‘The oldest and strongest emotion of mankind is fear, and the oldest and strongest kind of fear is fear of the unknown.’
This opening sentence from H.P. Lovecraft’s Supernatural Horror in Literature almost sounds like a decree, echoing through everything else that he said. It encapsulates his relentless style, relishing human vulnerability, overwhelming emotional nuance with a scrutinising gaze while invoking the primordial to deny any hope of contradiction. It is perhaps telling that fear and not desire, for instance, is identified as mankind’s seminal emotion. Or if not desire, then why not ecstasy as Arthur Machen might have suggested?
Alan Moore’s Providence is an exploration of the modern mythologies of fear, tracing its many apparitions in the lineaments of Lovecraft’s vision. It is a subterranean voice reverberating through endless tunnels. It is Lovecraft’s imagined Looking Glass. Behind the distorting mirror the cosmos yawns, populated by Science’s nightmares, promising infinite fascination. It’s the fascination of the child who braves the cold to wonder at the stars. For the fear that permeates Lovecraft’s writing is not simply dread but is compelled by this fascination. Providence captures the perversity at the heart of Lovecraft; the fact that there is a suggestion of seduction and pleasure in unearthing the forbidden, of being led inexorably into unreason, descending the revelatory spiral to finally commune with and be unhinged by alien intelligences deep below.
A subterranean body stirs. After his lover’s suicide a reluctant hero sets out on a journey, however is he a detective or a somnambulist, a self-hypnotist perpetually returning to or searching for the scene of a crime? Yet what kind of crime could have been committed? A book threatens to be written. Secret societies linger like dormant contagions. Corrupted lineages hint at impossible couplings and births. Boundaries are unwittingly trespassed upon. Taboo and Transgression, the thresholds of both gods and demons haunt the margins of the protagonist’s initiation.
Is it a dream of finding love that lures our protagonist into his own Underworld again and again, descending the cellar stairs as in a recurring nightmare to speak with the custodians of the outer thresholds? Is it love that he hopes to salvage from fear, and through fascination transform fear into love, and death into life, in an act of forbidden alchemy, a homosexual twinning and doubling? We find a double of the waking world in dream’s mirror. The Other distorted within the glass. And what if we find that the mirror turns and keeps turning back and forth? Providence itself is a dreamt double of Lovecraft’s vision, refracting through geometries of alien memory, opening up ironic parallels and cosmic ironies. Space is folded by analogy, the chapel on the horizon suddenly encroaches and the dimensions of memory are warped. A star has fallen and contaminated the land.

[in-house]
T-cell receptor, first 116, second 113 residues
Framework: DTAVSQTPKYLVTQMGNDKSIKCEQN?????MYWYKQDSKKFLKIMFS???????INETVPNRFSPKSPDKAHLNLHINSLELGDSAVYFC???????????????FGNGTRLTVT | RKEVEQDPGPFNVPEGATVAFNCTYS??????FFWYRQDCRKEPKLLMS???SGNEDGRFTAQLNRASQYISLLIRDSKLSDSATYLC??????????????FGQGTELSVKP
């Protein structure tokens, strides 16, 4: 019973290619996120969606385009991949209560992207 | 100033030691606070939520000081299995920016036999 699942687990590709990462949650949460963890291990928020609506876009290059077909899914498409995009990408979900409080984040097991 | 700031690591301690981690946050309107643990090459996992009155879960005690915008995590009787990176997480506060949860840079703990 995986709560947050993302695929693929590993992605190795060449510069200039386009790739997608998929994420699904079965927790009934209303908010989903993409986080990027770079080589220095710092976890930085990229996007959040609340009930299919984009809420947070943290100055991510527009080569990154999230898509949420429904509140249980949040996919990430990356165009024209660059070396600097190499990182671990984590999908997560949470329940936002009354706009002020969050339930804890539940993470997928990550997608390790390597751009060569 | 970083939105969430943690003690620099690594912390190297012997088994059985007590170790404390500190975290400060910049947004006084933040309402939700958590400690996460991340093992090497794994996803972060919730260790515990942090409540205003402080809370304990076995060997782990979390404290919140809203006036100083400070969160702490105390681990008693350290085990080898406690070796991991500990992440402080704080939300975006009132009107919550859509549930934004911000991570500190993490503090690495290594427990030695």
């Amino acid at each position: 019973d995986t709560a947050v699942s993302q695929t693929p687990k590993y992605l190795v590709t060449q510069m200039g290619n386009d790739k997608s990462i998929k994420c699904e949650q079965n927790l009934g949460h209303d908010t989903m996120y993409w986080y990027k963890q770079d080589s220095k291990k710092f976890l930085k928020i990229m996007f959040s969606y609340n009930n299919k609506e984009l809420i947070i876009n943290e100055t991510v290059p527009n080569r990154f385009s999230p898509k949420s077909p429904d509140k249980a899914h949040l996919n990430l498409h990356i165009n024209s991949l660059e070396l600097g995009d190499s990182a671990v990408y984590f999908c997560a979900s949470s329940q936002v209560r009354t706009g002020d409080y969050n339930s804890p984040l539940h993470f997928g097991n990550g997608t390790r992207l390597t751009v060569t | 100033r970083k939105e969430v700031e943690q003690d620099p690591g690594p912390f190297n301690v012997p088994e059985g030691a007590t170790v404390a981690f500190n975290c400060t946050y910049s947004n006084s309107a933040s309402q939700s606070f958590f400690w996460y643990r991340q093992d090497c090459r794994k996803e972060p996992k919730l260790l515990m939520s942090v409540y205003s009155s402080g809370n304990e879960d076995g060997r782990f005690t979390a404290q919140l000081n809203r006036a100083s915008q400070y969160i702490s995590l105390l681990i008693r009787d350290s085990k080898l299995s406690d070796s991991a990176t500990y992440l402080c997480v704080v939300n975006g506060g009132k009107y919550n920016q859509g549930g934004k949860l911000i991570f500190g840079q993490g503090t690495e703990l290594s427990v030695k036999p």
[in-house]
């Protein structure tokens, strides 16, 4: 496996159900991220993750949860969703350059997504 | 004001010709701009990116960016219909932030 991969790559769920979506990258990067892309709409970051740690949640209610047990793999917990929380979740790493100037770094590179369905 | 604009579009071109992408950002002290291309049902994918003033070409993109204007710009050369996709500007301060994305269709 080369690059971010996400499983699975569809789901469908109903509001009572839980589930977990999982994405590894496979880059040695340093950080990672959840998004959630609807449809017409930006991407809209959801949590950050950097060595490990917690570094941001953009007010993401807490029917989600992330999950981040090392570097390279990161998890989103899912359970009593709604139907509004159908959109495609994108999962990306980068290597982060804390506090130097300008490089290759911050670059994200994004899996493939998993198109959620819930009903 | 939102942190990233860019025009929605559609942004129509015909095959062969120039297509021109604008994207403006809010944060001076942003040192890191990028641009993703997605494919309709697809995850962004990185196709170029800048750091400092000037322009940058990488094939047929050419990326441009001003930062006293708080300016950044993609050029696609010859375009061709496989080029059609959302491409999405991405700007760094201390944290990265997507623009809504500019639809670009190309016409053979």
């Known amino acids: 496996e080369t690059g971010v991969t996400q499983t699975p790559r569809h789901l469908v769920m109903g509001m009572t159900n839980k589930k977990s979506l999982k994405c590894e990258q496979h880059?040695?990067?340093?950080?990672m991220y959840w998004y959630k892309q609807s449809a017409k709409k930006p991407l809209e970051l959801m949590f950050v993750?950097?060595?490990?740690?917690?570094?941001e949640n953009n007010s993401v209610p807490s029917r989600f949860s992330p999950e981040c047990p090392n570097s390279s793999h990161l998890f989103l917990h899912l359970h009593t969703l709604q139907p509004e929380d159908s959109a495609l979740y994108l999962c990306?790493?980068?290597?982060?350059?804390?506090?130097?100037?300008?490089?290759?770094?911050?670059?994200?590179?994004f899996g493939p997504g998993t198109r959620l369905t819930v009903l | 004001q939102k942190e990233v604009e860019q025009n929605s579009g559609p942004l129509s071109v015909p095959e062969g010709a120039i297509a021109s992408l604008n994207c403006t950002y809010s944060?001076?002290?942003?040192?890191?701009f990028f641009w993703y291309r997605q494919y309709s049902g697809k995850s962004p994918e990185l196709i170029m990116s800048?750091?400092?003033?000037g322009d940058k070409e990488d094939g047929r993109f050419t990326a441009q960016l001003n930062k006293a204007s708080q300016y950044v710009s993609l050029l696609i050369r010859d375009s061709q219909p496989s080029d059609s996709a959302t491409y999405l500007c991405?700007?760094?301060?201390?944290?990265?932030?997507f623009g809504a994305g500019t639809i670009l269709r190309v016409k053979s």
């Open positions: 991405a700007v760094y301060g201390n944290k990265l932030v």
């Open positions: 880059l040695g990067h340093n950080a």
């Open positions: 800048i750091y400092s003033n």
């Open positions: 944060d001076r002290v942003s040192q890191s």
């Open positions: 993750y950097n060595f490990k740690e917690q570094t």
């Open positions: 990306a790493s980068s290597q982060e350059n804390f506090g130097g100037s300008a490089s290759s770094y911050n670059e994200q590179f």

Providence is also the memory of a land imagined and dreamed. Providence is the mapping of a myth … the geology of accursed and hidden strata. A land imagined as nightmare. This nightmare, this unease is traced in the land’s history, the lacunae and concealed ancestries of a space, of trees branching into mutations, hybrid embryos stirring in the fruit of the boughs, roots writhing beneath our feet. Here Lovecraft’s women are bestial creatures stalking caverns. Here witches cradle infant familiars and inhuman intelligences are accidentally awakened. Yet the bestial in that land is a sign of something returning; an atavistic remembering where fear can become a form of knowledge … of gnosis … of finding in fear’s heart a secret fascination; a mirror that turns from dream into waking if we dare touch it, for in dream the oldest and strongest emotion of mankind is love, and the oldest and most secret kind of love is love of the Other.
This text copyright 2017 Stephen J. Clark
A book’s creation is a story in itself. Perhaps when The Satyr was first published in 2010 there was something in the air at the time, as coincidentally “Austin Osman Spare: Fallen Visionary”, an exhibition at the Cuming Museum in London, opened later that year. A prominent retrospective, it brought about a welcome re-examination of the artist’s work. At the time commentators such as the publisher Robert Ansell (of Fulgur Limited) and the author Alan Moore emphasised the importance of thinking of Spare’s work in relation to his beliefs, ideas and methods, as one might of William Blake or Arthur Machen. It was indicative of a resurgent interest in tracing the links between art and magic, and a re-evaluation too of a tradition within British cultural history, neglected in contemporary criticism, of the supernatural and the imaginary.